One of the hallmarks of a Christian and perhaps the quality that is most attractive to unbelievers is joy. Part of the secret of joy is keeping things in perspective and seeing them in light of eternity. The prospect of heaven can make sorrows fade into insignificance. For example, if my house and all my possessions were to burn to the ground, I would grieve the loss, but I know that we are just passing through this world and that God is preparing mansions in heaven for us that will make our houses here look like the temporary tents that they are. Similarly, if (or I should say “when”) my body breaks down, I will be sad, but I can still have joy. I know that in light of eternity it doesn’t really matter what my earthly body is like because I will be getting a new body in heaven. FULL POST
Posted 6/3/12 at 8:07 PM | Diane Castro |
One of the hallmarks of the Christian is joy. Part 1 presented five choices that we can make in order to experience the joy of the Lord. Here are five more principles from the book of Philippians.
6. Rather than getting frustrated or angry with others, take the opportunity to intercede for them.
I thank my God every time I remember you. In all my prayers for all of you, I always pray with joy (1:3-4).
And this is my prayer: that your love may abound more and more in knowledge and depth of insight, so that you may be able to discern what is best and may be pure and blameless until the day of Christ, filled with the fruit of righteousness that comes through Jesus Christ—to the glory and praise of God (1:9-11).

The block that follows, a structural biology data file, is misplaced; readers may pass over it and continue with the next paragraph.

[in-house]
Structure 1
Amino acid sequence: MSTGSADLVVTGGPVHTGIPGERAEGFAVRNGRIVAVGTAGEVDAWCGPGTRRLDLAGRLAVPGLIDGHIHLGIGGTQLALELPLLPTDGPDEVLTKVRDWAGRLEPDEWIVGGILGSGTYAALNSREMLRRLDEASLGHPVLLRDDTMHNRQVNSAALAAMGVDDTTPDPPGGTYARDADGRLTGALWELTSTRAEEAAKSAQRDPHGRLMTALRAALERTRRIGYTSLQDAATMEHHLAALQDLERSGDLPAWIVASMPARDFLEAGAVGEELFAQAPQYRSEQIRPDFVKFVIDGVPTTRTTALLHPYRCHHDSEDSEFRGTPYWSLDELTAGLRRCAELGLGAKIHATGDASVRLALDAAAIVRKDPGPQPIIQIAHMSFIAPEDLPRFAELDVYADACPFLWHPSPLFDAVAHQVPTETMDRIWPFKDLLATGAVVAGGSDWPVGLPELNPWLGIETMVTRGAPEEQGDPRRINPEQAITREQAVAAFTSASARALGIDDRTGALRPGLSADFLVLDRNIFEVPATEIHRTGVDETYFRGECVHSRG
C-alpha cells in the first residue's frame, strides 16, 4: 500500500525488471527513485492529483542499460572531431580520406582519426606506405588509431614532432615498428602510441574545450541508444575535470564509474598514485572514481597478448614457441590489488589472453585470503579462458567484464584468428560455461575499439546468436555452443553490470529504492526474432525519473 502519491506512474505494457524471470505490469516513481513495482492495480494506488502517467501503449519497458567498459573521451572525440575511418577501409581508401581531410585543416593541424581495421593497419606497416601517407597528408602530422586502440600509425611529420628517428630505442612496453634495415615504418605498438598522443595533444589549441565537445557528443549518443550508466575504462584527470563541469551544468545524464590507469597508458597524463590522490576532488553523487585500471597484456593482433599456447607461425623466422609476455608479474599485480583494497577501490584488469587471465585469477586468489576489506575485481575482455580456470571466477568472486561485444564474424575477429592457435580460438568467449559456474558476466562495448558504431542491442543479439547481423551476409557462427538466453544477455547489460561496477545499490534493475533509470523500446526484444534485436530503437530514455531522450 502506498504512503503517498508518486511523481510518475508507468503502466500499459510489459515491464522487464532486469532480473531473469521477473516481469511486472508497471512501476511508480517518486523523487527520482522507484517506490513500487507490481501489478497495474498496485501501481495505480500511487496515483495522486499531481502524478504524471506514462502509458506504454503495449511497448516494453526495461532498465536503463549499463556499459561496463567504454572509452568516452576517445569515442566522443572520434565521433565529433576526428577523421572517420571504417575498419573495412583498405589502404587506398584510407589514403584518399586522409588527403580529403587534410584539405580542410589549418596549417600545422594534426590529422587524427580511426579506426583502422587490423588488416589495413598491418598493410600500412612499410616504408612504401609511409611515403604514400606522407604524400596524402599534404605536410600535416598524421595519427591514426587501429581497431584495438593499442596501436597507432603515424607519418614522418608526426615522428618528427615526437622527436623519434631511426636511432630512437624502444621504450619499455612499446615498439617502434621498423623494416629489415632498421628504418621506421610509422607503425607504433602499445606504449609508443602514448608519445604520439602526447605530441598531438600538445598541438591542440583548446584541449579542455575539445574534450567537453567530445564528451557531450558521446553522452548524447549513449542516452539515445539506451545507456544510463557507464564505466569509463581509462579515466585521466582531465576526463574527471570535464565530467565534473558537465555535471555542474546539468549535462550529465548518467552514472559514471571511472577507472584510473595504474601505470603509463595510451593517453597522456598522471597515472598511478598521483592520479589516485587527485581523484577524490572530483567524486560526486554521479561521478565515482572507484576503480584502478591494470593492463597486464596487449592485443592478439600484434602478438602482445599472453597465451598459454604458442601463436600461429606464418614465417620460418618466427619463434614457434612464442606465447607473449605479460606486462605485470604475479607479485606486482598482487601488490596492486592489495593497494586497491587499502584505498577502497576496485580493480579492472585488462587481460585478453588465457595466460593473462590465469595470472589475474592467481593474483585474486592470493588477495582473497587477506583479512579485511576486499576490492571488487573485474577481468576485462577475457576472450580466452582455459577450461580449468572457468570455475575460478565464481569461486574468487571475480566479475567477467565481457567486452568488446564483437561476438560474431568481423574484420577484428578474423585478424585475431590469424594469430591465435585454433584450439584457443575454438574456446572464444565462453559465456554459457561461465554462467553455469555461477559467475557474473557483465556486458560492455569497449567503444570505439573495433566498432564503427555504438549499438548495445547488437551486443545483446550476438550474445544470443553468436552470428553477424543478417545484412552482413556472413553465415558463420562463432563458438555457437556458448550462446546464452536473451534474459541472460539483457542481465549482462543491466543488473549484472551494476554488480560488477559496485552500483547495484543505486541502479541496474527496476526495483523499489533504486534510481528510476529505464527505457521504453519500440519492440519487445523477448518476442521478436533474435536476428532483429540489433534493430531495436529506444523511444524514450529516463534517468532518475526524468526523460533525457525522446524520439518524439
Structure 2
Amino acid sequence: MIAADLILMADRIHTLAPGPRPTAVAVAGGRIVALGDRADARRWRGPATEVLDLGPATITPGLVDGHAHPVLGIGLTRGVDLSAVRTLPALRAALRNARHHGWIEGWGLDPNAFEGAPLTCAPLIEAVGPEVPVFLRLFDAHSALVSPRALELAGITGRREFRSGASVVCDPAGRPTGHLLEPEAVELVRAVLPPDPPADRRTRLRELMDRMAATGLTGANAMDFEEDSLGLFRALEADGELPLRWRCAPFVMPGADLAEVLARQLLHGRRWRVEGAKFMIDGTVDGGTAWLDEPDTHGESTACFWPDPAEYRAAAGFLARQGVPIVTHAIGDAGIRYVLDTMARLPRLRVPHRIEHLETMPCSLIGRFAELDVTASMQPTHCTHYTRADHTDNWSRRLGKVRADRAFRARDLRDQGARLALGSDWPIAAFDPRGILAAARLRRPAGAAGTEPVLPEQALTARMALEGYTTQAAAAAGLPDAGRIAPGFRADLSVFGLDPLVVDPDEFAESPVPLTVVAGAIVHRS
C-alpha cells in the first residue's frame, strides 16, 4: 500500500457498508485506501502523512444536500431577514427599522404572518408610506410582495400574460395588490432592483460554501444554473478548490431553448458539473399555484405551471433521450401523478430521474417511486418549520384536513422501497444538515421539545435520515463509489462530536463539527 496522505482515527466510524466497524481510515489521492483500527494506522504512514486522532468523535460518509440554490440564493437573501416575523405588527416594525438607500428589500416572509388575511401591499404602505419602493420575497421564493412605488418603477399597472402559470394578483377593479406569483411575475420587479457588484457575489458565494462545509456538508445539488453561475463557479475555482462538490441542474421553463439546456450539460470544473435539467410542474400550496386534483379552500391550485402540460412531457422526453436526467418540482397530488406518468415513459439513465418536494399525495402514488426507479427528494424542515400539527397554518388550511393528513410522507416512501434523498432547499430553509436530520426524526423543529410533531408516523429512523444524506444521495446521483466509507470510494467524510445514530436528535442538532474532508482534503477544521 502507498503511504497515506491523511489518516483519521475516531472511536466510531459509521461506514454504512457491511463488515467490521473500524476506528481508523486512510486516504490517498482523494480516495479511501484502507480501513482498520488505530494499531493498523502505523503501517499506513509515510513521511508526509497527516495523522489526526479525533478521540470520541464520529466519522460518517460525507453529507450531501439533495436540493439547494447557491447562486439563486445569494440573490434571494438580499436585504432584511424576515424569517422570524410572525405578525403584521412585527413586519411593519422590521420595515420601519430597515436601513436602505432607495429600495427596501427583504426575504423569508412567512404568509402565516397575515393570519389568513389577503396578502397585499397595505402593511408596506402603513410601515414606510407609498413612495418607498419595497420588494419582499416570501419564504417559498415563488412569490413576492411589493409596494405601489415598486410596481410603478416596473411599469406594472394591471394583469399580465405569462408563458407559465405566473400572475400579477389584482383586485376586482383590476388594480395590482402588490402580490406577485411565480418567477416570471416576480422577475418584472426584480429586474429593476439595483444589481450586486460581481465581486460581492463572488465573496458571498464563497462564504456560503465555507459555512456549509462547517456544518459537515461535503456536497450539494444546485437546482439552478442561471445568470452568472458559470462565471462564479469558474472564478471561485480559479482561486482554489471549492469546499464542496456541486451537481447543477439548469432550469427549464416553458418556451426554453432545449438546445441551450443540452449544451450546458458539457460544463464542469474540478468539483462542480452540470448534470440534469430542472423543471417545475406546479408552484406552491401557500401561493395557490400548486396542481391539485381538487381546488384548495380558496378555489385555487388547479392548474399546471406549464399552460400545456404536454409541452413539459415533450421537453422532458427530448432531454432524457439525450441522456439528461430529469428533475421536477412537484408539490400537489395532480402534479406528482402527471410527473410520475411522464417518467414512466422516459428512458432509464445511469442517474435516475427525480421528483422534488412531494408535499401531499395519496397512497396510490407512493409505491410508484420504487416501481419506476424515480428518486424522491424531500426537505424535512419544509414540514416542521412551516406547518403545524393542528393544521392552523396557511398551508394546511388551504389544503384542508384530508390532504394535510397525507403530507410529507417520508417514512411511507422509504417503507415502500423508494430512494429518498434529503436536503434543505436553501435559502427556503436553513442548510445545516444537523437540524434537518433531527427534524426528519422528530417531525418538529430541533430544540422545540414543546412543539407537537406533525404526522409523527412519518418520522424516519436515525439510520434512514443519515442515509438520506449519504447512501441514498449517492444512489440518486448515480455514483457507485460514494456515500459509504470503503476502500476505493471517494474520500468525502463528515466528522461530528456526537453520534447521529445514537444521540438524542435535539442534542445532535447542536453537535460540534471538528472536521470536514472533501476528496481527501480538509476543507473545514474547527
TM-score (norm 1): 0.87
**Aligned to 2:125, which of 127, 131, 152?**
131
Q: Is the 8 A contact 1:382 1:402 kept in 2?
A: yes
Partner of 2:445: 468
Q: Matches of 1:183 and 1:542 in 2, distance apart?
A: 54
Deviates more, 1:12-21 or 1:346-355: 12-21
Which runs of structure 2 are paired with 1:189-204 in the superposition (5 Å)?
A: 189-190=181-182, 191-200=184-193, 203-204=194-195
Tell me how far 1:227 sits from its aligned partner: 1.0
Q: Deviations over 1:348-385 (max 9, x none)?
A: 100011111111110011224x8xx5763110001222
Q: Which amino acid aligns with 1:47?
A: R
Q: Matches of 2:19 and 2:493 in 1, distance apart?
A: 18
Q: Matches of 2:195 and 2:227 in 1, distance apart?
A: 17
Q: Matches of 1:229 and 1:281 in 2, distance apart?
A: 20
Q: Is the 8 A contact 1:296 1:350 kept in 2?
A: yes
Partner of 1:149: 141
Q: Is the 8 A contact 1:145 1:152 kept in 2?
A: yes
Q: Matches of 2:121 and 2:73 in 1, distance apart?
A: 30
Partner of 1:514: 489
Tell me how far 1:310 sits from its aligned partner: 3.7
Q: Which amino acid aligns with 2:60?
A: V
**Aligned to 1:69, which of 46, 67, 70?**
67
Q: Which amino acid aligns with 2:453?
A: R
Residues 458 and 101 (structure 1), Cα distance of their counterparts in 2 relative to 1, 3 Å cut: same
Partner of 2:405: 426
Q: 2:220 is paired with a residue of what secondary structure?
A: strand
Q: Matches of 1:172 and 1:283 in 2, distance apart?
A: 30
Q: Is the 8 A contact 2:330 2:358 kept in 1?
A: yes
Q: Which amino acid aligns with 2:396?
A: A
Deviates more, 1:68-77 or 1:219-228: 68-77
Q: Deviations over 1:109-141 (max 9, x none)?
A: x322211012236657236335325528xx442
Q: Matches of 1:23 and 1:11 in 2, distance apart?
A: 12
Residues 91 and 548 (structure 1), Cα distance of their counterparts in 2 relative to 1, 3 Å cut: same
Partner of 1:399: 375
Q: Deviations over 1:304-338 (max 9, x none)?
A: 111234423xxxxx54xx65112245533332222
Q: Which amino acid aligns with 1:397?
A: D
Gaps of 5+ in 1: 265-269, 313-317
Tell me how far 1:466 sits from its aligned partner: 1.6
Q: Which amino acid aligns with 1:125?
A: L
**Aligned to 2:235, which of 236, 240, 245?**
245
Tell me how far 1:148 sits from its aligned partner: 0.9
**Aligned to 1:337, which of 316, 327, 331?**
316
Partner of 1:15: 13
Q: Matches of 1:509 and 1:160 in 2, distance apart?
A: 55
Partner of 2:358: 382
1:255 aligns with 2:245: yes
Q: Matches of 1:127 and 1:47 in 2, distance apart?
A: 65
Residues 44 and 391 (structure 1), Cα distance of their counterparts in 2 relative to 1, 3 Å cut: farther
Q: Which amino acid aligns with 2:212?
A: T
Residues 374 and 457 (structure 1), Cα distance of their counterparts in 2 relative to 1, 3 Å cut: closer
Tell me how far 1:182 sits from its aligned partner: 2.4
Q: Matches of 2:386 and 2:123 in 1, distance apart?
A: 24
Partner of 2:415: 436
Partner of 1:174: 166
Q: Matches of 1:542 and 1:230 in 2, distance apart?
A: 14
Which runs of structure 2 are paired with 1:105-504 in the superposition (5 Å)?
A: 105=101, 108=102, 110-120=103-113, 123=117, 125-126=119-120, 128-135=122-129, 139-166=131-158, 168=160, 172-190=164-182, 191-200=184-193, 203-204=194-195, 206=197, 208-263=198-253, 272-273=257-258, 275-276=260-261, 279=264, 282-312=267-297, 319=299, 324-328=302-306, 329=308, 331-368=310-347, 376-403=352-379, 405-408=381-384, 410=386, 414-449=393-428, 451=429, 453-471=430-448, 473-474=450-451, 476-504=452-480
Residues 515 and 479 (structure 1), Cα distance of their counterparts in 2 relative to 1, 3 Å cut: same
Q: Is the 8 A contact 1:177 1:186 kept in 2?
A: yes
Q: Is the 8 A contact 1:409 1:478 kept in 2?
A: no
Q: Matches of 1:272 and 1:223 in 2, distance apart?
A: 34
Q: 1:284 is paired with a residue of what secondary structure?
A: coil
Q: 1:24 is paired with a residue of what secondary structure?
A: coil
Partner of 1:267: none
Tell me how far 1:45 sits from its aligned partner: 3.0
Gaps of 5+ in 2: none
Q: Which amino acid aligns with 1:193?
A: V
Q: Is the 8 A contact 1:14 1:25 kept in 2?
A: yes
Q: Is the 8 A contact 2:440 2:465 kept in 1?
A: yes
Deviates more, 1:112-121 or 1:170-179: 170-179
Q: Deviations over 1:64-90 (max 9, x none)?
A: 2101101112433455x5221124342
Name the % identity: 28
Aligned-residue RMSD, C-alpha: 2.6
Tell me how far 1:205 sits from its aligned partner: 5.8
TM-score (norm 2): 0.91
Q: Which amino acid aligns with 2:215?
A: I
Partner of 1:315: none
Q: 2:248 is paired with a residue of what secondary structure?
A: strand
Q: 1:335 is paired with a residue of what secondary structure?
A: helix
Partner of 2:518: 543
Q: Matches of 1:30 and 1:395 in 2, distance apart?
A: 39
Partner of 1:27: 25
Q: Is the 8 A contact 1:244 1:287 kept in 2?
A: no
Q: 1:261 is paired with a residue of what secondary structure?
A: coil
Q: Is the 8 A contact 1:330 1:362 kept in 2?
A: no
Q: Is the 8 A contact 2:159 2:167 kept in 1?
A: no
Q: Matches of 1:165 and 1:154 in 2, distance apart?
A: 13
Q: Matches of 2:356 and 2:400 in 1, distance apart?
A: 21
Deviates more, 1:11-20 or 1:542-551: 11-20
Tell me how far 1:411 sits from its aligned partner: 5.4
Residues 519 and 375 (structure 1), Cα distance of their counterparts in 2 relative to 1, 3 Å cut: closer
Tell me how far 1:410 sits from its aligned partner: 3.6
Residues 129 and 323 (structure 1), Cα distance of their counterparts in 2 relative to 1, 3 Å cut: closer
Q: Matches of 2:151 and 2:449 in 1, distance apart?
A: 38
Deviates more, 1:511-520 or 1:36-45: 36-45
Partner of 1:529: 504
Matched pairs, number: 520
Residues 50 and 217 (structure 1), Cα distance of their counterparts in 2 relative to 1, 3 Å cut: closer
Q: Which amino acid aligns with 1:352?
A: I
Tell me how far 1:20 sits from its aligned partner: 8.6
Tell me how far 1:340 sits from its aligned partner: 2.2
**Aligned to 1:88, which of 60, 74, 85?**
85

Many of us have a tendency to hang onto anger, to nurse it and to justify ourselves in holding something against someone else. It may feel good momentarily, but anger can be a destructive emotion, eating us up without solving anything. We would be more joyful if we could learn to take our feeling of irritation toward another as a cue to pray for that person. Praying for others can soften your heart toward them and help you to see them through God’s eyes. FULL POST
Posted 6/1/12 at 1:48 AM | Diane Castro |
In the summer of 1989 I had the opportunity to go on a wilderness trip with La Vida, a Christian Outward-Bound-style program. We spent eight days camping and hiking and canoeing in the Adirondack Mountains of New York. One of the themes of our time was “Choose Joy”—the idea that joy is not something that happens to us when all the circumstances are right, but rather a choice that we can make at any time. We don’t have to be lying on the beach in the warm sun with a good book; we can be lying on the ground in a soggy sleeping bag in the pouring rain.
Toward the end of our trip we each went on a solo, a 36-hour period of being alone in the woods with no food, no flashlight, no fire—just the clothes on our backs, a jug of water, a sleeping bag, and a Bible, notebook, and pen. During that time I decided to explore the theme of joy in the book of Philippians. Paul knew about finding joy in difficult situations; he understood that real joy is not dependent on circumstances or emotions; it is a choice. His letter is full of references to joy despite the fact that he was suffering in prison.
Here are some of the practical choices we can make to free ourselves from hindrances to joy: FULL POST